Cannabis research is on the rise
Another plus for cannabis advocates is the increasing cannabis research in the UK. King’s College London has come out with a series of important studies. These have focussed on both the risks of high-THC strains and the potential upsides of medical cannabis. For instance, a 2018 study showed how CBD could “reset brain function” in people with psychosis. Peer-reviewed JAMA Psychiatry published the study.
Moreover, the world’s biggest medicinal cannabis farm just happens to be in the UK. The cannabis factory reportedly grows weed with an annual street value of £80m ($100m). This is all part of a GW Pharmaceuticals operation, which makes Sativex and Epidiolex, a CBD drug for epilepsy approved by the Food and Drug Administration (FDA) in 2018. It suggests there could be plenty of cannabis jobs in the UK in the near future.
CBD in the United Kingdom
CBD products have enjoyed a similar rise in the UK as they have in the US. Hemp-based products are popping up in health stores and can be purchased online, along with cannabis seeds. These CBD products face the same kind of restrictions – products can have no more than 0.2 percent THC. Brands must market CBD as a supplement. Those wishing to sell CBD as a medicine need to obtain a licence from the Medicines and Healthcare products Regulatory Agency (MHRA), Britain’s version of the FDA.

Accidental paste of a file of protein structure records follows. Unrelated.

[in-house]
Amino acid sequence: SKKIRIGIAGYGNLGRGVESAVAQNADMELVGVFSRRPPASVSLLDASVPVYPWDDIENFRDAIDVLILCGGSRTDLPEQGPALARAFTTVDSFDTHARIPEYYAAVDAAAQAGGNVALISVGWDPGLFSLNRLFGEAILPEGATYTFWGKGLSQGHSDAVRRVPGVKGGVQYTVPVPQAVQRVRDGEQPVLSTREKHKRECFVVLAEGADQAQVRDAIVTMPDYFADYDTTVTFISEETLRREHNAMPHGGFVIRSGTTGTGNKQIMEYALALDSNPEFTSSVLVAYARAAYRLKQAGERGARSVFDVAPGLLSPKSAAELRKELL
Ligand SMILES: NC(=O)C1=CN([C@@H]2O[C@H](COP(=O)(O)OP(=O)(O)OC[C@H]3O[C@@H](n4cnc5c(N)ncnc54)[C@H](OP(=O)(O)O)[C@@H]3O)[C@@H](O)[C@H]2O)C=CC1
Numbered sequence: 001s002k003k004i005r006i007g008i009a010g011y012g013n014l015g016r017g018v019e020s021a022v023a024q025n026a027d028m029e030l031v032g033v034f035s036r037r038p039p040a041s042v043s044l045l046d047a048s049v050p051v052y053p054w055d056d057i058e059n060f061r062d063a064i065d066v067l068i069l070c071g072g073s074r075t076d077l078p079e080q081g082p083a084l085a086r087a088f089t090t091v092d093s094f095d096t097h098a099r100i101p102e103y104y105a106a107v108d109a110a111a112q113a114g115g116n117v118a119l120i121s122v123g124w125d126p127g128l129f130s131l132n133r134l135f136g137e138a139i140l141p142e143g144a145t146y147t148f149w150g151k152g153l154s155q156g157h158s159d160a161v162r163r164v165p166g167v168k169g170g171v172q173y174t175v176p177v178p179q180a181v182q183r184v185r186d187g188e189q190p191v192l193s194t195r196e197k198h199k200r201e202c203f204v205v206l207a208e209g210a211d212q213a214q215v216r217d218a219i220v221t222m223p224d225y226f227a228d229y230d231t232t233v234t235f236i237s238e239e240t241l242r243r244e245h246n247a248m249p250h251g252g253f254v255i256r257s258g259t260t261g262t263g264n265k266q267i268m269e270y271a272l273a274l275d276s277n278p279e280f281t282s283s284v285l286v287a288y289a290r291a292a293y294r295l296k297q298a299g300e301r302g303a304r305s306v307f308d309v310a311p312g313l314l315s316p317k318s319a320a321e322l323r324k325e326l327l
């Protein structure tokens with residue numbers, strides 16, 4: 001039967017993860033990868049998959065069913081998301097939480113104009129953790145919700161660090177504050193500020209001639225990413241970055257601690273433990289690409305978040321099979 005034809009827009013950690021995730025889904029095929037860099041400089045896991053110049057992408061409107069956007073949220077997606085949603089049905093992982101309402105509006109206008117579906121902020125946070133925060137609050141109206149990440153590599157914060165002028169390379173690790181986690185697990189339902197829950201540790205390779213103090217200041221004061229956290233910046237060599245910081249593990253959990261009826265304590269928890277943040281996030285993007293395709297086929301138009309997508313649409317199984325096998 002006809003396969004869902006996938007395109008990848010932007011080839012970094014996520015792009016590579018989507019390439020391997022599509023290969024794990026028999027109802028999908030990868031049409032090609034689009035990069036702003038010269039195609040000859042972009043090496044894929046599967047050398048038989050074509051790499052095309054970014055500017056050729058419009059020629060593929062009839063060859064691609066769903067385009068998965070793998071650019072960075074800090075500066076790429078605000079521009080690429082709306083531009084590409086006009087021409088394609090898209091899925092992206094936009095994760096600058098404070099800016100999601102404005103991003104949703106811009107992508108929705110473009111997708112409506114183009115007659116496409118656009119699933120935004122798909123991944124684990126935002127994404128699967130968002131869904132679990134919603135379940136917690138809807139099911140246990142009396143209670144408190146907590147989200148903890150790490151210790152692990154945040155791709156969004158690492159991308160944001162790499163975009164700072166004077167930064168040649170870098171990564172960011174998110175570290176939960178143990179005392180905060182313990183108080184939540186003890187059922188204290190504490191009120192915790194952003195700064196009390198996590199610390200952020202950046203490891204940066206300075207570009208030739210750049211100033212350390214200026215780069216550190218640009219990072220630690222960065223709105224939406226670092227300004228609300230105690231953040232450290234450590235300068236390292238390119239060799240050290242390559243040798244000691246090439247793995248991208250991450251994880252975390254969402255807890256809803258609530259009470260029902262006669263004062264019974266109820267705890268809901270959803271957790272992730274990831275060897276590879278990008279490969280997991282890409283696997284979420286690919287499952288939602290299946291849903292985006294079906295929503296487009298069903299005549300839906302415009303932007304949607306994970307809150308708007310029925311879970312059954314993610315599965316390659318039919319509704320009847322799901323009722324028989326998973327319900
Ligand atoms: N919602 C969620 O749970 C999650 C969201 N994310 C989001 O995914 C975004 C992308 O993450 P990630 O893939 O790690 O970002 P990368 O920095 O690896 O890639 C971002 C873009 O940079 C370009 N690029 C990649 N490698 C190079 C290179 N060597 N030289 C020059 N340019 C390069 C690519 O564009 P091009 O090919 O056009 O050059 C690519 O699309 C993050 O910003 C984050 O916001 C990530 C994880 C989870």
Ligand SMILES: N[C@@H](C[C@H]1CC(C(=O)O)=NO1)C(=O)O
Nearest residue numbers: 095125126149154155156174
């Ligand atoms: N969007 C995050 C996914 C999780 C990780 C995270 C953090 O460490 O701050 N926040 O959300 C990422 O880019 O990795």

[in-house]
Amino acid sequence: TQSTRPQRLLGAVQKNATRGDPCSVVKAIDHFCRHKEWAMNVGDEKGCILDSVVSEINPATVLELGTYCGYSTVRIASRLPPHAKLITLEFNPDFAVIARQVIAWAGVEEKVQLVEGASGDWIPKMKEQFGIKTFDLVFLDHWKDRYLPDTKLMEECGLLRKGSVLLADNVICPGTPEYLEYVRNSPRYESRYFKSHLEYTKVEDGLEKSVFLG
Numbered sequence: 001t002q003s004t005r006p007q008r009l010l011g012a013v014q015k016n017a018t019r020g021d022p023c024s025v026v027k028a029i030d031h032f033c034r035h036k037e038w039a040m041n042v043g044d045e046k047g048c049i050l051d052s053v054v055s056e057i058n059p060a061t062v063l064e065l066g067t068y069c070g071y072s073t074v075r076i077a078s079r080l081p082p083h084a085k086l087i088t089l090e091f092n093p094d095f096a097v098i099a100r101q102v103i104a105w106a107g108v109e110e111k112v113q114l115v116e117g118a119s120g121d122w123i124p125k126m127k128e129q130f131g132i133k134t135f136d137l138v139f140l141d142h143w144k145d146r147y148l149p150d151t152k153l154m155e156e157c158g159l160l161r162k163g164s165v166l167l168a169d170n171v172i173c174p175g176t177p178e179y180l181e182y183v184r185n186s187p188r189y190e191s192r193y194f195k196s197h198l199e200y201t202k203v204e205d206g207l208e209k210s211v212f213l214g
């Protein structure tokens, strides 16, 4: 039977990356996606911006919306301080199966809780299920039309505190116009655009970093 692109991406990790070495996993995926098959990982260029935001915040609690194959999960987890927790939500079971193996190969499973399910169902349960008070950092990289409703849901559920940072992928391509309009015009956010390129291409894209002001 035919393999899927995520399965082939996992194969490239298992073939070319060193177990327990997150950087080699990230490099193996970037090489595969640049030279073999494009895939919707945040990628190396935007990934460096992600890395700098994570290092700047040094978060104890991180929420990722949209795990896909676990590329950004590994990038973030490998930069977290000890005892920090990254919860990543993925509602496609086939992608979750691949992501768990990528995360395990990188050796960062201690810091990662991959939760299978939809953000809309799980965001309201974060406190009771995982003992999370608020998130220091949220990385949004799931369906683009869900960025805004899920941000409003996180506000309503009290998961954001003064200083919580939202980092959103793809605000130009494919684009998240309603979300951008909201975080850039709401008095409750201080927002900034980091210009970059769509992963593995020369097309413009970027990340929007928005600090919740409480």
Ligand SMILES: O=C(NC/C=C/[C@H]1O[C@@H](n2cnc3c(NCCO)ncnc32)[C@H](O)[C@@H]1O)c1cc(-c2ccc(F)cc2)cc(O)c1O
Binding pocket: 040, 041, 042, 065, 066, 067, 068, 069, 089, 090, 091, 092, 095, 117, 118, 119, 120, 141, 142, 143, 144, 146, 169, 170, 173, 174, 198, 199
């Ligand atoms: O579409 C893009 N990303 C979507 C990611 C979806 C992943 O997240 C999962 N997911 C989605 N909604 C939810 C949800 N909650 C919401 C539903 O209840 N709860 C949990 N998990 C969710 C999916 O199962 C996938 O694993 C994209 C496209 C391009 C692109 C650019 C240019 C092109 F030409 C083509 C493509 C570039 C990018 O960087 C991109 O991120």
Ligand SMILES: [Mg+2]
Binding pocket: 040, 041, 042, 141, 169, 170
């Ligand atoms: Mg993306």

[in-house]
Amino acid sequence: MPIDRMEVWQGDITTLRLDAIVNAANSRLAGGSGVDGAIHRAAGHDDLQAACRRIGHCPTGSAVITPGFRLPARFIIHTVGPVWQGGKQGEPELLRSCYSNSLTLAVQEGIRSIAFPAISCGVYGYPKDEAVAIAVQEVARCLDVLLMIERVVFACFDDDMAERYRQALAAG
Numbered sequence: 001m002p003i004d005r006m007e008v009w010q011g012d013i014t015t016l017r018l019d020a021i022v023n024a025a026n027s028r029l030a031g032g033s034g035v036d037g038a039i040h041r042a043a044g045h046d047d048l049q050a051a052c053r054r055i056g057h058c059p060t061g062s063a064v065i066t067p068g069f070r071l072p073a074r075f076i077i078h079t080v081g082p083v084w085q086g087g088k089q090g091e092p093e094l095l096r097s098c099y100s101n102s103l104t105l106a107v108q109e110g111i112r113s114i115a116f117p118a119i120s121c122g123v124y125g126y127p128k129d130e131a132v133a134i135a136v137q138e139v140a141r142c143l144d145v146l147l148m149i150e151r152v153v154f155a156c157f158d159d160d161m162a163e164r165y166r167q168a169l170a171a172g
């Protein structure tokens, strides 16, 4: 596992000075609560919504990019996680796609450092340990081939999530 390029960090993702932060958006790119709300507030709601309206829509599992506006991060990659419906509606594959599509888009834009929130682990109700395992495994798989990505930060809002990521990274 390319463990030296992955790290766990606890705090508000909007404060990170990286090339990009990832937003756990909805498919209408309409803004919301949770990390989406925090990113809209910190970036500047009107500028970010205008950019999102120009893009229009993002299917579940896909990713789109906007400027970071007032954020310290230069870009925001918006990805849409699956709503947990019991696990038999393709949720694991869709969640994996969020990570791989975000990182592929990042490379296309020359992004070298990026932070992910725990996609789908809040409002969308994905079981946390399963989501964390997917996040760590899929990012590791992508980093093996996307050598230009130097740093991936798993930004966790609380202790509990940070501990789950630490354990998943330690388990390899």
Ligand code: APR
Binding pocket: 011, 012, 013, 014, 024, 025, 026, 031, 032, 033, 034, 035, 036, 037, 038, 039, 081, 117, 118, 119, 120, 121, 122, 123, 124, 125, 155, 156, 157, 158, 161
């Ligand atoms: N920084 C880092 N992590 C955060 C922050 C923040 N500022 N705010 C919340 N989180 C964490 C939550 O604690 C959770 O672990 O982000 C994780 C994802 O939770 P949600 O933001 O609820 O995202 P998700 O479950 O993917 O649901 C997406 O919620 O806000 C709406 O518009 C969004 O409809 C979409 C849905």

But the ability for anyone to buy CBD oils, e-liquids, wax concentrates, and edibles such as chocolate, candy and brownies has brought CBD to the masses. Brits are giving CBD a try and liking what they get from it. This bodes well for CBD’s future across the pond, and that of marijuana in general.
The UK has made a crucial step in legalizing medical cannabis. But so far, the law is flattering to deceive. Now, more patients need access to cannabis medicine on the NHS, at no additional cost. Only then will the law have been a success.